First of all, end user productivity is improved by providing a seamless view of the content, data, and functions needed to perform a business role, linked to defined processes and procedures. Increases in end user productivity will directly benefit the bottom line.
Next, as the relationship between external constituents deepens through front end interactions, the top line grows. In the case of customers and partners, the front end, in a very real sense, manages the relationship between your organization and its partners and customers.
Finally, architecting an overall front end solution that thoughtfully reuses components across user groups and interaction media will result in faster time-to-market and lower development and maintenance costs.
With the potential benefits of front end architecture in mind, you will now focus on the requirements tied to achieving these benefits.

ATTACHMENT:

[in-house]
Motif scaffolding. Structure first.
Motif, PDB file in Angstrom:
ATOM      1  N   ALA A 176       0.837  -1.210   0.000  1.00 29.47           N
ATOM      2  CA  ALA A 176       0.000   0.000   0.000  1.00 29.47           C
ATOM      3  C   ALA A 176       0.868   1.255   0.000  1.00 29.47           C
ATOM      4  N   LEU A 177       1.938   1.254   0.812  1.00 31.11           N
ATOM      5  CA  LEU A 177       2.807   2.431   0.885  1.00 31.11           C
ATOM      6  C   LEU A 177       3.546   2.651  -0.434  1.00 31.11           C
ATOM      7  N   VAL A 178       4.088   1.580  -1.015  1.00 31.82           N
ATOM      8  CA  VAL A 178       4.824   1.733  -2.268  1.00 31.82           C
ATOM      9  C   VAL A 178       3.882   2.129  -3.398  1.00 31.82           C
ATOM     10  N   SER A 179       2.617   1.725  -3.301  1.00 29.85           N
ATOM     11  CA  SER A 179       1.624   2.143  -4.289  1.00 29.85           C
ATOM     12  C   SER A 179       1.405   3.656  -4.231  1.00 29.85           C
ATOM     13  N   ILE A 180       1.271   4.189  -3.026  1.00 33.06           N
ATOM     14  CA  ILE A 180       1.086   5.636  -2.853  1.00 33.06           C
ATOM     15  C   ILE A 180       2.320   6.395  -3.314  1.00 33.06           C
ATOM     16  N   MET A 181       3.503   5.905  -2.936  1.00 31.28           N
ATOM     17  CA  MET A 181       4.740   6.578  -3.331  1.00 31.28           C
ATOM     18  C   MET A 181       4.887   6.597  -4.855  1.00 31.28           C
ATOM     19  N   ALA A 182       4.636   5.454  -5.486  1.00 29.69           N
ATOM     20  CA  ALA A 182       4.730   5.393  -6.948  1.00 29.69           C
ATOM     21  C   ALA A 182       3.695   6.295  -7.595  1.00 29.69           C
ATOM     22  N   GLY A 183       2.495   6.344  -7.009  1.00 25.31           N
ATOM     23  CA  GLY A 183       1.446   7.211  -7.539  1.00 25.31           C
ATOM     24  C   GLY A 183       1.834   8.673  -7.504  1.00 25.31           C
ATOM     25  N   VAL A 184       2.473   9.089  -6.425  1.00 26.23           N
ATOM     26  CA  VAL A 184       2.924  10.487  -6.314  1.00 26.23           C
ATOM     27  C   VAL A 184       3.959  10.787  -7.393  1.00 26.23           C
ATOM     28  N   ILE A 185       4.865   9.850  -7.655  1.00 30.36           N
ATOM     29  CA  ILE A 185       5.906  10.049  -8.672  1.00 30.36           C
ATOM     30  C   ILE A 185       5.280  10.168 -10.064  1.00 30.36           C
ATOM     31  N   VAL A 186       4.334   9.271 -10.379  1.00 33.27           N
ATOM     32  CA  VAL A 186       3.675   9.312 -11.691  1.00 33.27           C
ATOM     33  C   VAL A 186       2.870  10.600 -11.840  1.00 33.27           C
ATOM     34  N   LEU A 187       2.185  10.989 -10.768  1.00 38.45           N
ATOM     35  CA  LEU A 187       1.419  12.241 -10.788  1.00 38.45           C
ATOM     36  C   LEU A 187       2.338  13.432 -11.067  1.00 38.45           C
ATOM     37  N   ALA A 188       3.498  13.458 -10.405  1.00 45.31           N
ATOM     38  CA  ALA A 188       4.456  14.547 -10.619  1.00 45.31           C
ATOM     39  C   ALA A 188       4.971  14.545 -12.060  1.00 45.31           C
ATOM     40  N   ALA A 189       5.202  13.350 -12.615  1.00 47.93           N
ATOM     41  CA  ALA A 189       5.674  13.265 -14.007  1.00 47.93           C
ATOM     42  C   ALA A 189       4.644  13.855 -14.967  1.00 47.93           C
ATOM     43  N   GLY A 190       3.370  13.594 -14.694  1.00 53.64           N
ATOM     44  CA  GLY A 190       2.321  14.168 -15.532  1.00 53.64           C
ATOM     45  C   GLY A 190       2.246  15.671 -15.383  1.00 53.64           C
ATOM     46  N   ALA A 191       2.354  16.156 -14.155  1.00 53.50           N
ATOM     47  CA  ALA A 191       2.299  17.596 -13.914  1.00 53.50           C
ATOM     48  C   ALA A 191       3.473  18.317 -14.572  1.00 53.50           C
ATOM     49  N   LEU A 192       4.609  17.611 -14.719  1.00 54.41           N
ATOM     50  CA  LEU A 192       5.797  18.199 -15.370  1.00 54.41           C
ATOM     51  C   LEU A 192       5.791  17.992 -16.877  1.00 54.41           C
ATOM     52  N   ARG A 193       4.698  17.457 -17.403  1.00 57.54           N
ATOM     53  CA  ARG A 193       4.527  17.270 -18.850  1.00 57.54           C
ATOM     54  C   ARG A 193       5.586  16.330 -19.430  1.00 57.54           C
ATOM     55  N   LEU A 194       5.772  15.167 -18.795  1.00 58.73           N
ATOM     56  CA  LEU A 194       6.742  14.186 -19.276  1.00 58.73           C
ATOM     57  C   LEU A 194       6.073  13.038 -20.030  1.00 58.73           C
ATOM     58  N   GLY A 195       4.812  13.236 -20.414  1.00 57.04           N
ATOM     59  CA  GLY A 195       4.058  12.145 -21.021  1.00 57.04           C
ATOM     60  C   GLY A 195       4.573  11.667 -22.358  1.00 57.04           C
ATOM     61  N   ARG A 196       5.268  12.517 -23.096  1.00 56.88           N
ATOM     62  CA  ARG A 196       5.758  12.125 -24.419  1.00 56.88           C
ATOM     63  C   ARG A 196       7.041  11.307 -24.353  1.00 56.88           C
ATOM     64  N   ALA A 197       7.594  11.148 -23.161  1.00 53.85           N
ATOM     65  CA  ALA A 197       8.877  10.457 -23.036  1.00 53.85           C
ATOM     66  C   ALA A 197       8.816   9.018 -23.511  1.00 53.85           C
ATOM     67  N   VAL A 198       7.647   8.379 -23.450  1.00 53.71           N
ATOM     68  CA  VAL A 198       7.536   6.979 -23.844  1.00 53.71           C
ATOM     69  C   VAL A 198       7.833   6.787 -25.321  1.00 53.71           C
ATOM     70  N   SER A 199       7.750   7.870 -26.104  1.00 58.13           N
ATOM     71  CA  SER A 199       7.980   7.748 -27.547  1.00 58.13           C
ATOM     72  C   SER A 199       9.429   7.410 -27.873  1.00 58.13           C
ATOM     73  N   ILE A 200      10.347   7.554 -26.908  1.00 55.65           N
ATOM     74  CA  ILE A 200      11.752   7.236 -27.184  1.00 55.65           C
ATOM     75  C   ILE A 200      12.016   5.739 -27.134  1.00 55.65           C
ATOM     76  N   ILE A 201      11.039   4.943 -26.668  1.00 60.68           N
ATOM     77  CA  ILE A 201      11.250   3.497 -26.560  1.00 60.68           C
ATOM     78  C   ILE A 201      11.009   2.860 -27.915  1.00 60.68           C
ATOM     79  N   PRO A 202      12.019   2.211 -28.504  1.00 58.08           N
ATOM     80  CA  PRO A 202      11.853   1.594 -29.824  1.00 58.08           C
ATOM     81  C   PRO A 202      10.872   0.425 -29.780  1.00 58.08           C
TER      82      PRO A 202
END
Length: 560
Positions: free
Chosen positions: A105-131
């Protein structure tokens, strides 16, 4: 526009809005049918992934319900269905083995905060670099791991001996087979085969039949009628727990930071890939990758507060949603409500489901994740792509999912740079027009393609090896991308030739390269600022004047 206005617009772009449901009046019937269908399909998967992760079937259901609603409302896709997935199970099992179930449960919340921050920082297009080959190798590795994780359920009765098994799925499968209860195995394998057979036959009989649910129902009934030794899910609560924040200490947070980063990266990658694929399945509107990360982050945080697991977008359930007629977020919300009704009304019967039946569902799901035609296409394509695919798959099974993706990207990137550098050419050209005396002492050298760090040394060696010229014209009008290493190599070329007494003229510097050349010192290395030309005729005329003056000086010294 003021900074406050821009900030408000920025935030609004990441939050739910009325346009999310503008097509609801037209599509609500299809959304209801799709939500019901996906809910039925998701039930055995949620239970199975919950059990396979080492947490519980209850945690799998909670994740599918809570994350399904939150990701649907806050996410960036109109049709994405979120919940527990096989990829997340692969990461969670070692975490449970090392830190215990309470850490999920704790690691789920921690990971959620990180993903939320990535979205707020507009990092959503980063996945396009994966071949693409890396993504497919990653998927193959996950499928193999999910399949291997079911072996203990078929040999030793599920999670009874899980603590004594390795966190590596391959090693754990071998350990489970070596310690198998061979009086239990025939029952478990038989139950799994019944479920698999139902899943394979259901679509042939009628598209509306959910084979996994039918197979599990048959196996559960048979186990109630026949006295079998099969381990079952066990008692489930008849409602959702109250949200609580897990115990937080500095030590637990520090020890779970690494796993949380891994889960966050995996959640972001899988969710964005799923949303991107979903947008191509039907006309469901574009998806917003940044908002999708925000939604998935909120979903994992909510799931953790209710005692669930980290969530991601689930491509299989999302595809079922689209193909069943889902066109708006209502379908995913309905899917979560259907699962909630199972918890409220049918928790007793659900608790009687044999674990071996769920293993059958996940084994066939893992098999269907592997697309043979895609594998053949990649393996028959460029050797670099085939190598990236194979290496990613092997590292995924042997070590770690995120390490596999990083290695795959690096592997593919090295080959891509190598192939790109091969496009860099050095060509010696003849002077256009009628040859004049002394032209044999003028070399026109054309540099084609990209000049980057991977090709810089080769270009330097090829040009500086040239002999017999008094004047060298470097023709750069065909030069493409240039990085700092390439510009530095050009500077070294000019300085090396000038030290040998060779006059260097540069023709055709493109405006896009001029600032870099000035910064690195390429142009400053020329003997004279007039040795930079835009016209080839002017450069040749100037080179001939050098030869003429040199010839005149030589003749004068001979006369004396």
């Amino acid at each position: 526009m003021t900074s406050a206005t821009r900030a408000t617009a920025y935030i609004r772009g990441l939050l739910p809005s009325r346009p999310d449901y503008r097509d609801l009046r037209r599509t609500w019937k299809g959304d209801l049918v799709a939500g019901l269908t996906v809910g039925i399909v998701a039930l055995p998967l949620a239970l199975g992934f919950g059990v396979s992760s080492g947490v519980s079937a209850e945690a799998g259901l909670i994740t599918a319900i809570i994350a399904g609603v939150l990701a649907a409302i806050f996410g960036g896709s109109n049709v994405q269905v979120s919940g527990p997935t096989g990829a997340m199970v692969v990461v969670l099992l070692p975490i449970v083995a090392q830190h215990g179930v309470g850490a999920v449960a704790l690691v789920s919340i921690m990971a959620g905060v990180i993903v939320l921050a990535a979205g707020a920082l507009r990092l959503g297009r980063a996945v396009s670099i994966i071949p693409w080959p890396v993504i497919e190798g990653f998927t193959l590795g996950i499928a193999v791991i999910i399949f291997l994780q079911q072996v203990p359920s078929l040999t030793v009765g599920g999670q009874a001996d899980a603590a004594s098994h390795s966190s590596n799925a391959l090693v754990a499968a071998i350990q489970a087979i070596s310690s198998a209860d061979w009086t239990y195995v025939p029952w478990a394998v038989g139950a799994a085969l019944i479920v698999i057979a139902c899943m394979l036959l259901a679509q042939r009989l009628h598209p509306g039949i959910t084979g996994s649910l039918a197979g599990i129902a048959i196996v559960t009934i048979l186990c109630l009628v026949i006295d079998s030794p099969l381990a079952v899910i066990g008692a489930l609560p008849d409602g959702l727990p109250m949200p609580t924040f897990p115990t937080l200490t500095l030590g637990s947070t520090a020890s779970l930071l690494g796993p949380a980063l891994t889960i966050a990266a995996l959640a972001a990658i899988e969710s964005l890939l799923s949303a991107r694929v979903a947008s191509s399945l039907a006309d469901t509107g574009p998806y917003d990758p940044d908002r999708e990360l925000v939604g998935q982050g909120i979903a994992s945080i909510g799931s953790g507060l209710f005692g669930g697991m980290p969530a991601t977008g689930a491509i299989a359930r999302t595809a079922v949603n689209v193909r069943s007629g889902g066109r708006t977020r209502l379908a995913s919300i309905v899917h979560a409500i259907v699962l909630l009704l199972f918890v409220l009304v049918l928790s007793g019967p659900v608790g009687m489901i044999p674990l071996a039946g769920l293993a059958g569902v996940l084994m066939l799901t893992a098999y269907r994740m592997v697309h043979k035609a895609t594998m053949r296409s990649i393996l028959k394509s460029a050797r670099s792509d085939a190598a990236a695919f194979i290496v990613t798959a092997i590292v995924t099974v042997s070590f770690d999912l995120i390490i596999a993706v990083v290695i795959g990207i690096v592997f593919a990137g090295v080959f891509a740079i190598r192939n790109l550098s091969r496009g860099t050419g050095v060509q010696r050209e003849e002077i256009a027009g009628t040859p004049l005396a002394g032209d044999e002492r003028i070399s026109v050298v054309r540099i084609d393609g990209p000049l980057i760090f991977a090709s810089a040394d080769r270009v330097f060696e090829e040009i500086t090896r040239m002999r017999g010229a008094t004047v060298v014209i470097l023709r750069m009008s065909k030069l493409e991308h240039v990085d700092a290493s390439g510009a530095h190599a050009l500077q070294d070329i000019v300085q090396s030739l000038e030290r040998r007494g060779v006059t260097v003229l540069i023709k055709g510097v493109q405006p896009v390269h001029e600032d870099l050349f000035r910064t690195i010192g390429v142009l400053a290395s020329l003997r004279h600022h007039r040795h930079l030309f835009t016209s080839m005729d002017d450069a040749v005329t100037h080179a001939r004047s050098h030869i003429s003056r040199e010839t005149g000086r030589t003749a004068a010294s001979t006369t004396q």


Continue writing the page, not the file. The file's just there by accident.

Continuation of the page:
Front End Architecture: Desired Qualities
A solution architecture must satisfy a particular set of functional and non functional requirements. You will first consider the non functional requirements or quality attributes desired for the front end.
Certain qualities describe attributes of the architecture that can be measured and observed at run time, such as usability. Other qualities, such as reusability, can only be measured and observed at design time. You will first look at the desired run time qualities, and then the design time qualities.
Front End: Desired Run Time Qualities
The front end serves an organization's employees, partners and, customers. Thus, the number one quality that must be satisfied through the front end architecture is usability. The ISO definition of usability is the efficiency, effectiveness, and satisfaction with which specific users achieve specified goals within a particular environment (ISO 9241).